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Authentic Parmigiano-Reggiano is produced under very strict standards.

Parmigiano – What’s in a Name?

Those who read the Italian Tribune may note that whenever we discuss or provide a recipe calling for Parmigiano, we never describe it as ‘Parmesan.’ Is there more to it than just a name? When a pasta or risotto recipe calls for Parmesan cheese, should you buy Parmesan or Parmigiano-Reggiano?

Although, technically you can use either, there is a difference. If you use Parmigiano-Reggiano when the recipe specifies Parmesan, you should expect exceptional results. But it is important to realize that Parmesan is by no means the same as Parmigiano-Reggiano.

Parmigiano-Reggiano and Parmesan cheese refer to a hard, cow’s-milk cheese, notable for its nutty taste and a grainy texture. As our readers know, it is staple of Italian cooking, often grated and baked into dishes or sprinkled on top of pastas and soups. Its basic ingredients are cow’s milk, salt and rennet (the enzymes from a cow’s stomach). The word Parmesan is an Anglicization of Parmigiano, but that too can lead to confusion, especially when it comes to quality.

In the United States, Parmesan has become a generic term for the beloved type Italian cheese, but labeling rules in Italy are far stricter than in the U.S. Among generic Parmesan cheeses, quality can vary greatly. There are many small dairy farms throughout the world making Parmesan, but there are many mass-produced Parmesan cheeses that range from less than stellar to profoundly disappointing.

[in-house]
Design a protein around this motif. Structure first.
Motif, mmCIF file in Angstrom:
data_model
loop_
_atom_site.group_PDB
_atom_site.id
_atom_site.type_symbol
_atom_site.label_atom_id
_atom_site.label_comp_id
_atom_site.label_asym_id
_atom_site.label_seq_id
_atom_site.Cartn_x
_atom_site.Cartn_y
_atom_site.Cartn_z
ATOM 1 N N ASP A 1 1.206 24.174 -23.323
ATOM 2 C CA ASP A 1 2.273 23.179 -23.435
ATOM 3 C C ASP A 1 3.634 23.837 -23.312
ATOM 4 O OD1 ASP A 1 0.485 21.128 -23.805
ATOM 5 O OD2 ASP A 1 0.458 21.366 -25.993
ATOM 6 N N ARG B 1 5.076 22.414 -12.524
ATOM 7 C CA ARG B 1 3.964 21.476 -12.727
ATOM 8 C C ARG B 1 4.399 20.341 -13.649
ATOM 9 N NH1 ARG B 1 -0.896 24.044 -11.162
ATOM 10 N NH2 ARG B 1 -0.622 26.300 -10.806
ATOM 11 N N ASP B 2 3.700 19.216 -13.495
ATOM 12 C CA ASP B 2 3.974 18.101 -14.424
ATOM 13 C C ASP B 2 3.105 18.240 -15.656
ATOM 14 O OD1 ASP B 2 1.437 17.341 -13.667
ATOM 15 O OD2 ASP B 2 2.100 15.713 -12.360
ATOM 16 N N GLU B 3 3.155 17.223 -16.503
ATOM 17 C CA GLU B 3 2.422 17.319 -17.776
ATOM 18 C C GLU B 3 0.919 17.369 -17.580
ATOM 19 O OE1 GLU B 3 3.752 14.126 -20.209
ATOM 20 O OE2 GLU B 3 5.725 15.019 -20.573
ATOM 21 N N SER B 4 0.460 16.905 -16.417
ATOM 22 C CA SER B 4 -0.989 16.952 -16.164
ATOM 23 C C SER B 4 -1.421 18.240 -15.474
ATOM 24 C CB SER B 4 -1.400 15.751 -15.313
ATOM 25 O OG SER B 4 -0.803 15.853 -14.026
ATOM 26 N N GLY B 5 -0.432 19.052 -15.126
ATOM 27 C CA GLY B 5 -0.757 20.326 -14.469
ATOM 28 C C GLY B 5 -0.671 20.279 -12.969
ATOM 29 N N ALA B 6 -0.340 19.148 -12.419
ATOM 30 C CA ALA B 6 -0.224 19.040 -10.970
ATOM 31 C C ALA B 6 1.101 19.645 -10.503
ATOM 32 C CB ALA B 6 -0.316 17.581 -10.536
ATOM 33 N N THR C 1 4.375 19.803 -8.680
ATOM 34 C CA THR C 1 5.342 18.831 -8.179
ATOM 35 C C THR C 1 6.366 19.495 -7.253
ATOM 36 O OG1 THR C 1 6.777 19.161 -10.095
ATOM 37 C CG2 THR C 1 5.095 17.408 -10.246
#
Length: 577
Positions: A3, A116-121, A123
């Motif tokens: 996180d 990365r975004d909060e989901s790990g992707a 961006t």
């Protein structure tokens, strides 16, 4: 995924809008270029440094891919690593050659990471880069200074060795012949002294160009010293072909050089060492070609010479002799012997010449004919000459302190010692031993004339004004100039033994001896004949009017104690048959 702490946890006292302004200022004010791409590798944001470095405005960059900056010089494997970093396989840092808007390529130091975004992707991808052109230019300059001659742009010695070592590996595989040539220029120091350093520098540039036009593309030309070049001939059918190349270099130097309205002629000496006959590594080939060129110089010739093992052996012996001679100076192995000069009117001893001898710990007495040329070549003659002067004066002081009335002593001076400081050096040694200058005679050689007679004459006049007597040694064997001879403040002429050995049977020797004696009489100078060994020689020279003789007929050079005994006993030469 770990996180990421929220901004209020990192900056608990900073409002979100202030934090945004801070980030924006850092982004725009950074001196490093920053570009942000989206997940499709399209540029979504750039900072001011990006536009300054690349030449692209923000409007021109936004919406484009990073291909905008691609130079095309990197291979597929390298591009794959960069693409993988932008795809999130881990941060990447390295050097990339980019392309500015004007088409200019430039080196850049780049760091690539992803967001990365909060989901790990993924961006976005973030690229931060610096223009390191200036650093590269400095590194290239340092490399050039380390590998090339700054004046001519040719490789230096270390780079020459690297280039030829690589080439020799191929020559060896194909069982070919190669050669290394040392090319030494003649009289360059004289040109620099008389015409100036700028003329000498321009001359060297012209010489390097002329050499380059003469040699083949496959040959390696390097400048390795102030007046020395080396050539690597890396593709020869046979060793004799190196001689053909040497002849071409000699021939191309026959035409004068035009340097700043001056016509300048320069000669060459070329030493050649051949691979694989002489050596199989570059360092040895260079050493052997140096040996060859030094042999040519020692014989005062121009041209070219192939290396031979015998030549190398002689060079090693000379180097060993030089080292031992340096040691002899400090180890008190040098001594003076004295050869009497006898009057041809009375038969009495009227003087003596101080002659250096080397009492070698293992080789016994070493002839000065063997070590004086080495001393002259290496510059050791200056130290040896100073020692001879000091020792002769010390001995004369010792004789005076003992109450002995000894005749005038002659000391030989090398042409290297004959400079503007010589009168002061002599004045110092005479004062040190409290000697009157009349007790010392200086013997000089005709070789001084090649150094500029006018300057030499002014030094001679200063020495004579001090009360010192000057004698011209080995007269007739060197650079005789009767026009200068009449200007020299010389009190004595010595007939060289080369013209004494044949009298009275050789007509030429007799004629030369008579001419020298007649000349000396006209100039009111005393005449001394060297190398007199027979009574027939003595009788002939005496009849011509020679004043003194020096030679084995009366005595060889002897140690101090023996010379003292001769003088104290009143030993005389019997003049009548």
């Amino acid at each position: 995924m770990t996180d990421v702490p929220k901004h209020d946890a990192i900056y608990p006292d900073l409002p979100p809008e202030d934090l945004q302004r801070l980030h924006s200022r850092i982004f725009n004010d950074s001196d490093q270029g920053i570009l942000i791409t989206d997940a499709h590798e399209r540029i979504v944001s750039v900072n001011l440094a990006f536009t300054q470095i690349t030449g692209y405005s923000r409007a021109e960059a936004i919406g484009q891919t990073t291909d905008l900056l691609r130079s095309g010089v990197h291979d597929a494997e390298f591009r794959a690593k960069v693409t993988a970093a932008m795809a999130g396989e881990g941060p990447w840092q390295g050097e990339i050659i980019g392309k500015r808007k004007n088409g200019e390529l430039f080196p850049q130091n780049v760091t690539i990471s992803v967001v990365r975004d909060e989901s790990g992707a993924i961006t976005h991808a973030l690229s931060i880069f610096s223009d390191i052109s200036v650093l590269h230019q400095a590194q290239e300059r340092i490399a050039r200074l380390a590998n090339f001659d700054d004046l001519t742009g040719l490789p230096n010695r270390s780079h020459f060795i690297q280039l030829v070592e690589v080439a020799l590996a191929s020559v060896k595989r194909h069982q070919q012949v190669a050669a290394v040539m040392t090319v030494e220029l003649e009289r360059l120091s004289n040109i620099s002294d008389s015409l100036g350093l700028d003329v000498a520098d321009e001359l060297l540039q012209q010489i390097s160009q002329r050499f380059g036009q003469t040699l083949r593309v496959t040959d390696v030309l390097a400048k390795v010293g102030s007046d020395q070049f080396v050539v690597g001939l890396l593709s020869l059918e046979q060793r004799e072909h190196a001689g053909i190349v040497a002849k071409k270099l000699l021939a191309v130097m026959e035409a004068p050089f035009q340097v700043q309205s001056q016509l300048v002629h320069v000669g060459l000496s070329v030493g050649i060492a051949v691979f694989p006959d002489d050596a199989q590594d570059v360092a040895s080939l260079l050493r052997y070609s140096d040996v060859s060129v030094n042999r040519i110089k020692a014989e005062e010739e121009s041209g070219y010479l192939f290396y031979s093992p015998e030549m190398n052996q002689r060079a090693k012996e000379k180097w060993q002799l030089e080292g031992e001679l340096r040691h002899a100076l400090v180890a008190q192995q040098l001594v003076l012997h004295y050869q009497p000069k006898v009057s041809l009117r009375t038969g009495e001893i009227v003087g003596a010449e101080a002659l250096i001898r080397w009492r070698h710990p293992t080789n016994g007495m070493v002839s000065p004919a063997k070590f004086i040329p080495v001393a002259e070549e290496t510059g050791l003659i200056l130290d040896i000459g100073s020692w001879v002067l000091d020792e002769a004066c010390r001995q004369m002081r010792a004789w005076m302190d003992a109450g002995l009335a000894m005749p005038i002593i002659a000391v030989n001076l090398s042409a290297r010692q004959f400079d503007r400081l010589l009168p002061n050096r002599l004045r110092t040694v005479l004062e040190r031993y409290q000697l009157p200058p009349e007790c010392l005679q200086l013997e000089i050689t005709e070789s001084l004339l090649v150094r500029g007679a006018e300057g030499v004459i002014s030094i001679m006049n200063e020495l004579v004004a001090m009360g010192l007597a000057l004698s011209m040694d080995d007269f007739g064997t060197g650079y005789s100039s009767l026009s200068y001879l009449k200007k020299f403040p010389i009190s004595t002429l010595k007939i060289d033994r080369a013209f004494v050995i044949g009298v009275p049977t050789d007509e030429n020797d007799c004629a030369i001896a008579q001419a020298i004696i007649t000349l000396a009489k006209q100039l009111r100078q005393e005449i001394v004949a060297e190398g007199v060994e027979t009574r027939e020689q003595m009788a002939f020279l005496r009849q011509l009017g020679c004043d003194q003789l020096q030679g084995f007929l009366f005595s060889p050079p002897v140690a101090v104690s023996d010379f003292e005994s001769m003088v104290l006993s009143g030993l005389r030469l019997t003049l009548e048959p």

Parmesan is usually purchased pre-grated. When it comes grated, there is often a little flour or cornstarch in it to stop it from sticking together and it loses any any flavor it may have. Invariably, many have looked at cheese in a plastic canister that is labeled Parmesan and wondered what in the world it contained. The answer invariably is cheese and wood. That’s right – wood; it is worth noting that the FDA allows up to 4% cellulose (wood pulp) to be mixed in as an anti-clumping agent.

In the case of Parmigiano-Reggiano, it is authentic. It is what all other Parmesan cheese strives to be. Made only in certain parts of Italy, it is a protected product and can only be labeled Parmigiano-Reggiano if it is made in the provinces of Parma, Reggio Emilia, Modena and certain parts of the provinces of Mantua and Bologna, according to the Parmigiano Reggiano consortium. As such, Parmigiano-Reggiano is a highly-regulated product. The raw milk used must come from cows fed primarily from fodder obtained in the area of origin. The cheese must be aged for at least 12 months. There are even regulations about the size of the wheels of cheese and the color of the rind. There may be differences in flavor because of the different regions it is produced in and the amount of months – 12, 18 or 24, it is aged.

You can use this cheese in any recipe that calls for Parmesan because it is authentic. It has been produced and aged under traditional and noble methods. To determine if the wedge of cheese that you are purchasing is authentic, simply look at the rind. If the rind is embossed with the name produced over and over, that is the sign it is authentic. If the rind isn’t embossed at all or if it simply says Parmesan, the cheese may be decent, but it’s not Parmigiano-Reggiano. It might not be a complete waste of money, but is it really worth such a risk?

Speaking of that rind, do not throw it out after you have eaten all the cheese. Parmigiano cheese rinds have many culinary uses, including flavoring soups and infusing olive oil. So when it comes to Parmigiano, there is more to it than just a name. Buy authentic…buy Parmigiano-Reggiano.

(Thank you to our subscriber John Fesken for sharing this article with us)